At the end of the day, we relaxed at the bar of the Murray Hotel in Livingston followed by dinner at the Chop House with both Tony and Eric. Tony, the son of a preacher and father of five, is a gregarious guy. He loves to fish and be around people who fish. He’s probably one of the happiest people I know.
He is also one of the more popular personalities around town as is testified to by one of the entrees on the menu at the Chop House—The Tony V. This is two ten ounce baseball cut steaks, which Tony says he hasn’t yet ordered. He usually only has one, but he told us that night, One of these days boys, one of these days.
He is also a man of constant good humor. During dinner as we tried to talk him into coming with us up to Slough Creek I chided him saying, Hey, it’s not like you have six kids, though, I guess you haven’t been home yet.
You know James, despite your best efforts I’m starting to like you, he answered. If only you’d learn to keep your God damned rod tip up.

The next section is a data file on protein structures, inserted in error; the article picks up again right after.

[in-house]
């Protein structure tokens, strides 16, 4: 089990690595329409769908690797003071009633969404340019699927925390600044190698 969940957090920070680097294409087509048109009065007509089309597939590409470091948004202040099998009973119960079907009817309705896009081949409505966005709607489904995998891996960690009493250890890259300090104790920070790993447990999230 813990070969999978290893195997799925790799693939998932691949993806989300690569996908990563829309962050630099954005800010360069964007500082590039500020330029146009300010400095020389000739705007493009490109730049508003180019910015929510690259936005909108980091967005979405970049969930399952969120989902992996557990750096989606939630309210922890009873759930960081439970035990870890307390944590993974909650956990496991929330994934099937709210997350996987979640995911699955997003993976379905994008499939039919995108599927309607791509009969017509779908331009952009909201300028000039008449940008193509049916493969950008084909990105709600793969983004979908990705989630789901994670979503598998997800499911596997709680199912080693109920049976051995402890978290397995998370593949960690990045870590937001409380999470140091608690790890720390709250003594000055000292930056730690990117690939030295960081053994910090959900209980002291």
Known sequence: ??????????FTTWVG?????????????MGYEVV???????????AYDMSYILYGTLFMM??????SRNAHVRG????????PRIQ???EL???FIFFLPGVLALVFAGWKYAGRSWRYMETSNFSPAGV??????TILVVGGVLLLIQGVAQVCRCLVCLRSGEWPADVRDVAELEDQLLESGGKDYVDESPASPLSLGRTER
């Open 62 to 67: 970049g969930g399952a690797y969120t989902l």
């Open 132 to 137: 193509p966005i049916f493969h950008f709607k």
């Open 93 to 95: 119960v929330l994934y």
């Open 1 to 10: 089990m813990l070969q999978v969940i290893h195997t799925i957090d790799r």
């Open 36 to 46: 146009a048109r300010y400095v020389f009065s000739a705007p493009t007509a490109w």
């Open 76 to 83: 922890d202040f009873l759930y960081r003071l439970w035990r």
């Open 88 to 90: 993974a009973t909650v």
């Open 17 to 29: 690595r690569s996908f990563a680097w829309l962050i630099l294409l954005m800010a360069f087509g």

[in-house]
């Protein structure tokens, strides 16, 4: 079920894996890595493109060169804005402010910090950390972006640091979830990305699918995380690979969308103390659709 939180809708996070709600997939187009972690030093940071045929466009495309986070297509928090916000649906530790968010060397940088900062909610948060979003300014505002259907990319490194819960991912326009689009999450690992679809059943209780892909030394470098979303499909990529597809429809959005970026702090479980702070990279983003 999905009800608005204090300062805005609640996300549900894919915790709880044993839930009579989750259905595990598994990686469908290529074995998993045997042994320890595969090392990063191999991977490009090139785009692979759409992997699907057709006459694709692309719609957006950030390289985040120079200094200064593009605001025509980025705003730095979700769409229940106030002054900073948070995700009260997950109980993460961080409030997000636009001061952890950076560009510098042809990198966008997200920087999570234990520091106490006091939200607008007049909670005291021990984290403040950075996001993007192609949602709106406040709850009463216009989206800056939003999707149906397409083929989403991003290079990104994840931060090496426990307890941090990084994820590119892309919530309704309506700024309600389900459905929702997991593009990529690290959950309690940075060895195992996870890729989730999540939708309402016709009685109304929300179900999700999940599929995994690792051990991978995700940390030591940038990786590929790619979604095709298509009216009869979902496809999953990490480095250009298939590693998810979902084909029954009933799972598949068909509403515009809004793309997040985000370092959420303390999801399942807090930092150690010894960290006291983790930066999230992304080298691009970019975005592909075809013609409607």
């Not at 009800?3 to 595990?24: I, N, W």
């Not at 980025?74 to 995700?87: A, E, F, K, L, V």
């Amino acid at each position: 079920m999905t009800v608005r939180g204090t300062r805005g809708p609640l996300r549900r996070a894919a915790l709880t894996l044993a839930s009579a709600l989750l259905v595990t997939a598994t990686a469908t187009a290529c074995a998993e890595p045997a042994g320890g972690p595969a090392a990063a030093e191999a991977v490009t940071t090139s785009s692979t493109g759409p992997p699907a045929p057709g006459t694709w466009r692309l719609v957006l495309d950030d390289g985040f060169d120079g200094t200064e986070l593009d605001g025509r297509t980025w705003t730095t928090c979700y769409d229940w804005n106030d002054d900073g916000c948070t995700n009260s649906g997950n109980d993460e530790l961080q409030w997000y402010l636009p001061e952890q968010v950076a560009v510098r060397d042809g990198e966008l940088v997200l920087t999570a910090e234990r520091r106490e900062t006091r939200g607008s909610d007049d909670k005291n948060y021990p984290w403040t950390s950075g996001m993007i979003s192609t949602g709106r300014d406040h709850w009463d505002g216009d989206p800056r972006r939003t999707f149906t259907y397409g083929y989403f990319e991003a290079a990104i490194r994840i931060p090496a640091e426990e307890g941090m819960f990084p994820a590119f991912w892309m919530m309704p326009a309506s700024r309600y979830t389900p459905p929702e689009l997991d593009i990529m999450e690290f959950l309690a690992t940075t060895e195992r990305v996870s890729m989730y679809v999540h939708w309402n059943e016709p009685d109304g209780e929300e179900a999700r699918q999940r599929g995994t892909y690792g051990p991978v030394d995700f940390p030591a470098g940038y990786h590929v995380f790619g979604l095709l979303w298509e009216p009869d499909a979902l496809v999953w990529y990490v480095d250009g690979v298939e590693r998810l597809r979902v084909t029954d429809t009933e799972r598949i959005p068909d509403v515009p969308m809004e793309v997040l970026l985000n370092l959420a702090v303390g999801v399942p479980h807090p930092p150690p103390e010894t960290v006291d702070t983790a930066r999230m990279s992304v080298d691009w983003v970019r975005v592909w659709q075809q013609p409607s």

In short, Tony and Eric are a couple of good fishing buddies to have along, even if they are getting paid.
After dinner, it was back to the Murray. As I think of it now, only one thought comes to mind, Ahhhhhh, the Murray. This is no overstatement; the Murray is a little patch of heaven in downtown Livingston.
First, the bar is everything you would want in a bar. It’s the local’s joint, has the best micro-brews on draft, live music, and a bartender who looks just like Juliette Lewis (by the way, our waitress at the Chop House was a dead ringer for Anne Heche).